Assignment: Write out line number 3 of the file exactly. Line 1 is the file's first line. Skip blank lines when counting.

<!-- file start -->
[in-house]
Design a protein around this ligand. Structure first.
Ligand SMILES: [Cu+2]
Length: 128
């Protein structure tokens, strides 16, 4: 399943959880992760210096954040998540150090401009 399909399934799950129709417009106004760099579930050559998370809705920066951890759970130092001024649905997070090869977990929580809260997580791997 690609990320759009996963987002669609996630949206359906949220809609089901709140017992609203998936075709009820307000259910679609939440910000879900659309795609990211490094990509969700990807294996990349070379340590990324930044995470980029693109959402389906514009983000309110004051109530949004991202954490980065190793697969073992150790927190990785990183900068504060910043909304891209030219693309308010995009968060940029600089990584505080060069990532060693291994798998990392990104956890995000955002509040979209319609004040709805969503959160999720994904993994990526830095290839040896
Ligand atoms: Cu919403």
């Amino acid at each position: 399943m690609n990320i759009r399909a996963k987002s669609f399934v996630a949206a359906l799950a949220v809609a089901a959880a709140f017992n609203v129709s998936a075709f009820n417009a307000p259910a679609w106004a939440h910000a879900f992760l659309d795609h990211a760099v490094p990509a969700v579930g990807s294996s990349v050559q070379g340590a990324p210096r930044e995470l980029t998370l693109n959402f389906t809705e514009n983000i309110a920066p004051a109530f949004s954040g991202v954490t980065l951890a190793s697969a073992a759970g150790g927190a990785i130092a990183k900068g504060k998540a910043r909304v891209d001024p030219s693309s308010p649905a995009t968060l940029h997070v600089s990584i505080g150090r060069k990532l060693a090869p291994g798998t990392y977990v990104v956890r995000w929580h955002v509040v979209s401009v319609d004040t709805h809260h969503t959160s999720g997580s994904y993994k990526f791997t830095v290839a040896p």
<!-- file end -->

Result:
Ligand SMILES: [Cu+2]